Walking is an activity that many of us can carry out instinctively. Recently, the use of smartwatches to count the number of steps taken each day has become a popular way to measure fitness. But by and large, individuals who are mobile, walk without thinking about walking, similar to how people with healthy eyesight, see without consciously thinking about seeing. 

In reality, walking is a complex act that requires close coordination between different systems, such as the neurological system and the neuromuscular system. If there is an aberration somewhere along the pathway from the brain (in which a decision to initiate walking has been made) to the feet and toes (to carry out that movement), the simple act of walking cannot be carried out. 

Regardless of the underlying medical cause, studies indicate that the loss of ambulation/coordination has a notably negative impact on an individual’s health-related quality of life. In 1 of my medical textbooks, the editors thought it appropriate to include a short poem from a man who had his feet amputated because of diabetes. In the short poem, the man laments that his days of running carefree along the hills are now decidedly in the past. It is a type of mourning that takes effect only when the object of the mourning is long gone. 

The loss of ambulation can be classified as a “disability,” according to CDC guidelines. There are, of course, different levels of disability, but all disabilities entail some changes in the way an individual interacts with their home, social, and work environments. 

Needless to say, physicians have an obligation to ensure that every able-bodied patient retains their ability to ambulate for as long as is medically possible. 

The Link Between Wilson Disease and Gait 

Wilson disease is a rare disorder in which copper accumulates toxically in the body. Copper intoxication can reach the central nervous system, causing a broad spectrum of neurological abnormalities, such as a parkinsonian gait, dysarthria, and dystopias. 

Read more about Wilson disease etiology

Fortunately, copper elimination therapy can ameliorate many of the neurological symptoms and brain dysfunction brought about by excessive copper accumulation. A study indicates that patients treated with copper chelating agents are free from abnormal gait in 4 out of every 5 cases; sadly, this also means that 20% of patients experience gait abnormalities despite the best treatment.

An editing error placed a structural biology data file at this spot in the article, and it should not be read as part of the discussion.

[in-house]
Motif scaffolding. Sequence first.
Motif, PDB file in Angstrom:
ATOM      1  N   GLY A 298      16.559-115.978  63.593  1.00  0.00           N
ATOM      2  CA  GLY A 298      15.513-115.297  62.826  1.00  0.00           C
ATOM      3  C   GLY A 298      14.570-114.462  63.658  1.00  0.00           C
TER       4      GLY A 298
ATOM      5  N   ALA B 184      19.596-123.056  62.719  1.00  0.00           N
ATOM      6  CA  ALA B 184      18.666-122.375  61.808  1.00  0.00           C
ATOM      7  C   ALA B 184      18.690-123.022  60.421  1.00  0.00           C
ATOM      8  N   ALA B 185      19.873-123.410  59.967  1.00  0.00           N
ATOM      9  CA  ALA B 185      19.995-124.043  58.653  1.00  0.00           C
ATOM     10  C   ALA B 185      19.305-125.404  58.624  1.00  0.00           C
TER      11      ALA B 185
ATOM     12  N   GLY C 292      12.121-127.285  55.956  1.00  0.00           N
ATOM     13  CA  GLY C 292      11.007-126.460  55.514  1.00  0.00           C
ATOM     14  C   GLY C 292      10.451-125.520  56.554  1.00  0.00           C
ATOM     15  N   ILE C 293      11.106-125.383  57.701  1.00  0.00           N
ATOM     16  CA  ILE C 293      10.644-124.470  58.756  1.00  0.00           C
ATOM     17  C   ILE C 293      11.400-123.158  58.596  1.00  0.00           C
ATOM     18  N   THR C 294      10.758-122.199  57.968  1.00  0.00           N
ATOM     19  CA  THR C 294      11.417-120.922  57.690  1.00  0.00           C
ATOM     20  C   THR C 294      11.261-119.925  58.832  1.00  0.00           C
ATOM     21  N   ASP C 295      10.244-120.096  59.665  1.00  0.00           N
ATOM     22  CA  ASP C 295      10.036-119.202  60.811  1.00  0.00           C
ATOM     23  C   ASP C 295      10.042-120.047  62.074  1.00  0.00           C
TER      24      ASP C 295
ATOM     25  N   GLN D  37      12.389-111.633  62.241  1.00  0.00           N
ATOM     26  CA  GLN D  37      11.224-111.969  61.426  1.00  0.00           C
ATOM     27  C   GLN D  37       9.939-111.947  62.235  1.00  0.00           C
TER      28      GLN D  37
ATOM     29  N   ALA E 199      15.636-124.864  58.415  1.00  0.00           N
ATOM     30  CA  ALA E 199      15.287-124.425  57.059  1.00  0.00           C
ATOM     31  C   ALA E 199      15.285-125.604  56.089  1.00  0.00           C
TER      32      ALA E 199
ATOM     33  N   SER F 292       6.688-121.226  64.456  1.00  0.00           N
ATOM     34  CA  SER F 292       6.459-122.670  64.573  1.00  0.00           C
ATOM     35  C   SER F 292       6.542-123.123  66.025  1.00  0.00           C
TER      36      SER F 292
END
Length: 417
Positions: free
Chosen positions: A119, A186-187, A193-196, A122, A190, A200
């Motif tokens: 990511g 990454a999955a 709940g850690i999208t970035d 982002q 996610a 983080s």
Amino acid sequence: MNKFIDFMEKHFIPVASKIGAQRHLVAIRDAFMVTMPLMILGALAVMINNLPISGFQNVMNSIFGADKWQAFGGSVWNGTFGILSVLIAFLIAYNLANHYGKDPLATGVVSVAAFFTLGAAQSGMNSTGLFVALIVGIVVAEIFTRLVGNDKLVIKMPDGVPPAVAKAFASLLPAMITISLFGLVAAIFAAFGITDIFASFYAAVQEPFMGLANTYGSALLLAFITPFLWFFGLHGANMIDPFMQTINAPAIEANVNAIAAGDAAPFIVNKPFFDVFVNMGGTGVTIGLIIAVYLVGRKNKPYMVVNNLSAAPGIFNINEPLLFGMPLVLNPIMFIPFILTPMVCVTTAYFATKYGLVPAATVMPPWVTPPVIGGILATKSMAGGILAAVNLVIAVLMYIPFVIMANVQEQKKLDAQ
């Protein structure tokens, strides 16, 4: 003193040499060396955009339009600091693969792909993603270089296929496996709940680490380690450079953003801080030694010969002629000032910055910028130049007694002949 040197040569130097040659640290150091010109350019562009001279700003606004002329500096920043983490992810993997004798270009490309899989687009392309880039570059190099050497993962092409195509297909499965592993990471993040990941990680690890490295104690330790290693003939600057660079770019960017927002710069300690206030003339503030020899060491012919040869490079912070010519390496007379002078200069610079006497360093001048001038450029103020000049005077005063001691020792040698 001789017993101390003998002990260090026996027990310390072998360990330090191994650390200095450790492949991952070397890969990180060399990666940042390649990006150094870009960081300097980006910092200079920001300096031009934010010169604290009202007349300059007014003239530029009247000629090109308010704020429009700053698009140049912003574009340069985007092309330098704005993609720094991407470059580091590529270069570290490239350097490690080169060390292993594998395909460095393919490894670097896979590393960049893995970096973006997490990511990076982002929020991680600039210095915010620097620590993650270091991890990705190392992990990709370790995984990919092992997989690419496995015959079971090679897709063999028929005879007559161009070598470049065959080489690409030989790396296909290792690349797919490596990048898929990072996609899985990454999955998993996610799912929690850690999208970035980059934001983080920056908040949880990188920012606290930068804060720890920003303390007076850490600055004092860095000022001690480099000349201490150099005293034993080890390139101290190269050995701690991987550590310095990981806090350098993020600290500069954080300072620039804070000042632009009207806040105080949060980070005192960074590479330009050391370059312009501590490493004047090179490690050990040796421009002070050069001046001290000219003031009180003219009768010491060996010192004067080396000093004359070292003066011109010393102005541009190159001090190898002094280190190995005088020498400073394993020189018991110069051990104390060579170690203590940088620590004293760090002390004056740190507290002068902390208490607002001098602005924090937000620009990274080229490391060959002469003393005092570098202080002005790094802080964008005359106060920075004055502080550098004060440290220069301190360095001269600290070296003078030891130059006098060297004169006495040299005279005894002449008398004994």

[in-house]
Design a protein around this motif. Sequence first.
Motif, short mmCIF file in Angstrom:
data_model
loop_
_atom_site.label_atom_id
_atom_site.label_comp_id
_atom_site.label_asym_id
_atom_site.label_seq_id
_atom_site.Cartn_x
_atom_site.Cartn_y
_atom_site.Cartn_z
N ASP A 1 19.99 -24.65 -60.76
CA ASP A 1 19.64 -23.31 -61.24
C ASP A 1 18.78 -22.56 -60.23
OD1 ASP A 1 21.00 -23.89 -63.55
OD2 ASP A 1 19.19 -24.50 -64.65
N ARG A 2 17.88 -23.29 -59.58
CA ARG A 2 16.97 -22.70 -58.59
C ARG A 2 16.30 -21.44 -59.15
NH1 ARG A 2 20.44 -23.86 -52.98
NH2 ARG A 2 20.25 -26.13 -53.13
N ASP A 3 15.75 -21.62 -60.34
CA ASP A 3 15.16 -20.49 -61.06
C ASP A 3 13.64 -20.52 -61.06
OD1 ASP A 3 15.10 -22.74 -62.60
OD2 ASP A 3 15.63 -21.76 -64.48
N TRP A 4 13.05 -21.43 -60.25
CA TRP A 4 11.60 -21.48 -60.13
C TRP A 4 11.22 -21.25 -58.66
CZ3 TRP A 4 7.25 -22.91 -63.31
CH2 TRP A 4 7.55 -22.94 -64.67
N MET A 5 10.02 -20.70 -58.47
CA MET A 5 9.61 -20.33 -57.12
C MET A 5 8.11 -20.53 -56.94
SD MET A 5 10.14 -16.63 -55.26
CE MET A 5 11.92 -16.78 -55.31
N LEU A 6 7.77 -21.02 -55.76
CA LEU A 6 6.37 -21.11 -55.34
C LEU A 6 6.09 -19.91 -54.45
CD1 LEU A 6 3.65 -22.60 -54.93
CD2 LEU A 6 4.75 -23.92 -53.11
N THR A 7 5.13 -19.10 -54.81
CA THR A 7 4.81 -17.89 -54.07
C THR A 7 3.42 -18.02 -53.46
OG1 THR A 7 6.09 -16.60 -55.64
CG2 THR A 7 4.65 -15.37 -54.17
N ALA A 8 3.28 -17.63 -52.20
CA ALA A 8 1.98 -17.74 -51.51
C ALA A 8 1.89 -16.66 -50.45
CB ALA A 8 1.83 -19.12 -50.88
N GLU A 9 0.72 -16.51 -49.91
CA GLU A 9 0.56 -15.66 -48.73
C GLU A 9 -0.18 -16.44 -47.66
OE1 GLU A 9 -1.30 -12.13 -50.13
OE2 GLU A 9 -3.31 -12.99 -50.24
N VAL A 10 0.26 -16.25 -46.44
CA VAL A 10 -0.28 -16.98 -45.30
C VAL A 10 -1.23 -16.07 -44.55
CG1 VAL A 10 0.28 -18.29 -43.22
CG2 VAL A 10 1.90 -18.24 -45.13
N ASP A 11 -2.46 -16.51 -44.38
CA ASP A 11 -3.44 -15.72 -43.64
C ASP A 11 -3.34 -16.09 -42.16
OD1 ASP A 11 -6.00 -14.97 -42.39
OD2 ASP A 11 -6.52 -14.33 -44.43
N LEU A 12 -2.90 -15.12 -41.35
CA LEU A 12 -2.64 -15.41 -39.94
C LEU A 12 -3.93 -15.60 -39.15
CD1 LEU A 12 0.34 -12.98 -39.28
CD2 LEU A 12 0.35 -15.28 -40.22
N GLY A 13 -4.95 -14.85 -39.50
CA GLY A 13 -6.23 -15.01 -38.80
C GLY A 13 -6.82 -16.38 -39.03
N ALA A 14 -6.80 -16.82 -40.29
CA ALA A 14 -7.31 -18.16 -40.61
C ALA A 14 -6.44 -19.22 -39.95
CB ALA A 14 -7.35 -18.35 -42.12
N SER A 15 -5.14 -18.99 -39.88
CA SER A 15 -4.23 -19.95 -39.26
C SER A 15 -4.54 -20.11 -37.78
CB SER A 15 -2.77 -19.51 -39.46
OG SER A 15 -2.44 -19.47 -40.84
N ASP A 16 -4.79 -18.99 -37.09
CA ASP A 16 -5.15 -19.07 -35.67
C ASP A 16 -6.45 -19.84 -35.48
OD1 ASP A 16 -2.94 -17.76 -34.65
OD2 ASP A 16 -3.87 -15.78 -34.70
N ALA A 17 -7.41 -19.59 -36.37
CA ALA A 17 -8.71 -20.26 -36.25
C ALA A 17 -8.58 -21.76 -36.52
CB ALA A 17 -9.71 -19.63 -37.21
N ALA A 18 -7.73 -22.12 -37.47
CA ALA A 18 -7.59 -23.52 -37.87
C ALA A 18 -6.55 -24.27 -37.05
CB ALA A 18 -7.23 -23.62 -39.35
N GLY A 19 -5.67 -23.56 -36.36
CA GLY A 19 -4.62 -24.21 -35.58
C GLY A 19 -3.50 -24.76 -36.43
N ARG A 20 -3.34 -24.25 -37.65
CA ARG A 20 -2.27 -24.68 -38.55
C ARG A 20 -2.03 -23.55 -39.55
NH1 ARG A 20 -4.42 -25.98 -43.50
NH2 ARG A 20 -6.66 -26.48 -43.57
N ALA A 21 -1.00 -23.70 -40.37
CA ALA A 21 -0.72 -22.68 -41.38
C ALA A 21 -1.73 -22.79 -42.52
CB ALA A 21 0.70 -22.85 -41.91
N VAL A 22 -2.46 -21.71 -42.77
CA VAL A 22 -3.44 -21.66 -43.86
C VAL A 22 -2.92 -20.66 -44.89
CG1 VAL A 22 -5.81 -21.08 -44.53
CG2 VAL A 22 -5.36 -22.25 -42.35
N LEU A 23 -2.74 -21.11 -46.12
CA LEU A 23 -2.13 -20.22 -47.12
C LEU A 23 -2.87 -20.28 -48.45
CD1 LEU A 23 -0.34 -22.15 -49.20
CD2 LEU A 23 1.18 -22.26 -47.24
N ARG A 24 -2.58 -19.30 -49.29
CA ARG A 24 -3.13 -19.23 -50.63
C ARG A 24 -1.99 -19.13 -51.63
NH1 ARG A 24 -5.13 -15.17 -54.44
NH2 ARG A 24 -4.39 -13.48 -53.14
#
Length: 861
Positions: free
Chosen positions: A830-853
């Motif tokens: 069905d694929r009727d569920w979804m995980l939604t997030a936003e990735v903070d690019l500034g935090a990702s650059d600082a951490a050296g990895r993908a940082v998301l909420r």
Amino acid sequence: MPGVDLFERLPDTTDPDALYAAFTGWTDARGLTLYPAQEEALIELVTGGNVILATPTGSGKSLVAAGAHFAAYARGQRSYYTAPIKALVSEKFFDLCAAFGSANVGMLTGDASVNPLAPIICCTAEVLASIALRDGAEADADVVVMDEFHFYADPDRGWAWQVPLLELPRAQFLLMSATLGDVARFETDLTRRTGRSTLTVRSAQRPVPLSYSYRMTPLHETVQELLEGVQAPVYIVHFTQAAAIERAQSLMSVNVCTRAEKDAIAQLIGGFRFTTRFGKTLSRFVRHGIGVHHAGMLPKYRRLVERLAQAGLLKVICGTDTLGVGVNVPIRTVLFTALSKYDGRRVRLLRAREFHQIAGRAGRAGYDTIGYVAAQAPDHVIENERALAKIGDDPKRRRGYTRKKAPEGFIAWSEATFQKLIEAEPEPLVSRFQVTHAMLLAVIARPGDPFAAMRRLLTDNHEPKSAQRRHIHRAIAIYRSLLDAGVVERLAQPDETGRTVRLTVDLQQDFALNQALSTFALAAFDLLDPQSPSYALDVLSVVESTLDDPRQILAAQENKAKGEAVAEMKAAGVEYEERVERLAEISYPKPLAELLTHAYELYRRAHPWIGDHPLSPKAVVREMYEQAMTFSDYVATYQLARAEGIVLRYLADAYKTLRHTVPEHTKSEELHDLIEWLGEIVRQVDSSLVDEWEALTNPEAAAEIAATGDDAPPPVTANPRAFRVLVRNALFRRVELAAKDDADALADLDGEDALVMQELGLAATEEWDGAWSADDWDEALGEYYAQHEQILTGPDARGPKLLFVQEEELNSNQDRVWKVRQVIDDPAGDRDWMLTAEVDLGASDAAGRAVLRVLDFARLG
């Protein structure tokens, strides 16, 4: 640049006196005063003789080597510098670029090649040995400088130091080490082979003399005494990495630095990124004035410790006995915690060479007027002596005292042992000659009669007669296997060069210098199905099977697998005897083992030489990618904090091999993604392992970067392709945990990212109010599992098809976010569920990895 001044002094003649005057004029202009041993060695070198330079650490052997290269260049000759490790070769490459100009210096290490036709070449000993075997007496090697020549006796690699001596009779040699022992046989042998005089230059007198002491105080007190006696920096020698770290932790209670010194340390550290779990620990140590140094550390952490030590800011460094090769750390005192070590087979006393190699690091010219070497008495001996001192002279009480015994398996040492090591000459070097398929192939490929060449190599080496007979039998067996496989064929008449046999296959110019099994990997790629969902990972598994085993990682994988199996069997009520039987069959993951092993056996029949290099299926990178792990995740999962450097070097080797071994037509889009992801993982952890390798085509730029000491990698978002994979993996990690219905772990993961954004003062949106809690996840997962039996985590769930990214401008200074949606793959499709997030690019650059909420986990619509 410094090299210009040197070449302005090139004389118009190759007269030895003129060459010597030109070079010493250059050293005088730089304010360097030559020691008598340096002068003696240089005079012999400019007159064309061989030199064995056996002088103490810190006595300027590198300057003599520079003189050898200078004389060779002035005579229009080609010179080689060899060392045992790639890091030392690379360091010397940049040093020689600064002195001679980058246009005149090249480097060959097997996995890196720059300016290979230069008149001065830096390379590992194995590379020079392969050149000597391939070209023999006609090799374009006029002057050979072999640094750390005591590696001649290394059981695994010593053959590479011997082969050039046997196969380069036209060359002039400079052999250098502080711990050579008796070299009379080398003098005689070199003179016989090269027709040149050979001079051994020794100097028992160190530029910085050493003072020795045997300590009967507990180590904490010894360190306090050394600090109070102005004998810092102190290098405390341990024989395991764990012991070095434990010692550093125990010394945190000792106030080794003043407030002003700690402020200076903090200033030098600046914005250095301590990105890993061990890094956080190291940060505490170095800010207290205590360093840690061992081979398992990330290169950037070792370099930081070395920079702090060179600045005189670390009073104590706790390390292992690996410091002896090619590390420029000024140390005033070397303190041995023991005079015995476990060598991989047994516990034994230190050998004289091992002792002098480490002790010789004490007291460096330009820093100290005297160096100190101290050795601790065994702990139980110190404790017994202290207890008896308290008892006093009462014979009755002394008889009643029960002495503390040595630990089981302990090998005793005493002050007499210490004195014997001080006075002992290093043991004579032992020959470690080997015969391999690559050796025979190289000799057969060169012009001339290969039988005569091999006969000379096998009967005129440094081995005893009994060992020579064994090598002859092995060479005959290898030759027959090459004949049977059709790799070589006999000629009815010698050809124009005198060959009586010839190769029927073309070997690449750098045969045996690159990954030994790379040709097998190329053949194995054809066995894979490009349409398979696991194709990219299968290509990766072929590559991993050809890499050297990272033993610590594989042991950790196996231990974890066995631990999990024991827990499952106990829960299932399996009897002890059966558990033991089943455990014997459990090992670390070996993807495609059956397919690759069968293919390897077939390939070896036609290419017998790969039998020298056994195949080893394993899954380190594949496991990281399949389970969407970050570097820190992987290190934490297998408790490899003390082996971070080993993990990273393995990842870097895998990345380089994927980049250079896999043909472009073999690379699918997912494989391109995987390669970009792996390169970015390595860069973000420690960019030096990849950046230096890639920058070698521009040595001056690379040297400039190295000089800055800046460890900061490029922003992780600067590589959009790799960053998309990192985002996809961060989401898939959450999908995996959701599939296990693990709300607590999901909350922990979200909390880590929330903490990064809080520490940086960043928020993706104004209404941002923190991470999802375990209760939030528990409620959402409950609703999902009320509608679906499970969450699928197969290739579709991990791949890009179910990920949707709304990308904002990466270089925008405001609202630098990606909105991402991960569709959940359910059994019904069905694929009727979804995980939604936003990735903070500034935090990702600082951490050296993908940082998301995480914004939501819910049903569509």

“Gait is a complex bipedal motor task which is under the control of several [central nervous system] structures, especially the basal ganglia, the cerebellum, and the brainstem nuclei,” Samadzadeh and colleagues wrote in Sports. “Therefore, gait disturbances have to be expected in neurological [Wilson disease].” 

The authors of the study hypothesized that slight instabilities in gait could be amplified by running since running is a more complex activity, with the center of gravity intermittently supported by 1 leg followed by the other. The additional difficulties in running should expose any lingering gait abnormalities experienced by patients with Wilson disease, even if their walking gait appears to be normal. 

The research team recruited patients who were diagnosed with Wilson disease and subsequently treated at the Neurological Clinic of the University of Düsseldorf. Selected patients must be on regular treatment for Wilson disease for at least 2 years and be able to walk for 40 m without walking aids. Age- and sex-matched controls were recruited among the healthy population. 

The participants of this study underwent detailed neurological tests that encompassed 7 motor symptoms and 3 nonmotor symptoms. The research team also split the group of participants into those who could run (n=25) and those who could not (n=5). Participants in the “could run” group was further split into smaller subcategories according to the clinical severity of their Wilson disease. 

Read more about Wilson disease treatment

The research team carefully designed the running course, informing participants that safety was a greater priority than running speed. Participants were asked to run for more than 40 m along a predetermined distance. The participants had to conduct the run with 10 running steps with both the left and right leg each for the run to count. 

“Only 16% of the [Wilson disease]-patients were unable to run under our test conditions,” Samadzadeh and colleagues wrote. “This is in line with the previously reported observation that the central pattern generator of walking appears to be unimpaired in about 80% of the long-term treated [Wilson disease]-patients.” 

These findings are significant in a number of ways. First, it clarifies existing evidence that the majority of patients with Wilson disease who receive treatment can walk/run normally. This is an important point, as many of our patients are young and view the ability to walk/run normally as a prerequisite for the participation in sports/physical activity. Physicians would be wise to use the evidence from this and other studies to assure patients of the high likelihood of gait normalcy should they abide by the treatment course as prescribed. 

Second, these findings suggest that any residual gait abnormalities do not significantly impact running for the 80% of patients with Wilson disease treated with copper chelating agents. This means that individuals with this condition can, in all likelihood, participate in able-bodied sports without significant risk of injury. 


Samadzadeh S, Hefter H, Tezayak O, Rosenthal D. Analysis of running in Wilson’s diseaseSports (Basel). Published online January 7, 2022. doi:10.3390/sports10010011

Scura D, Piazza VM. Disability evaluation. StatPearls. Published online April 21, 2022.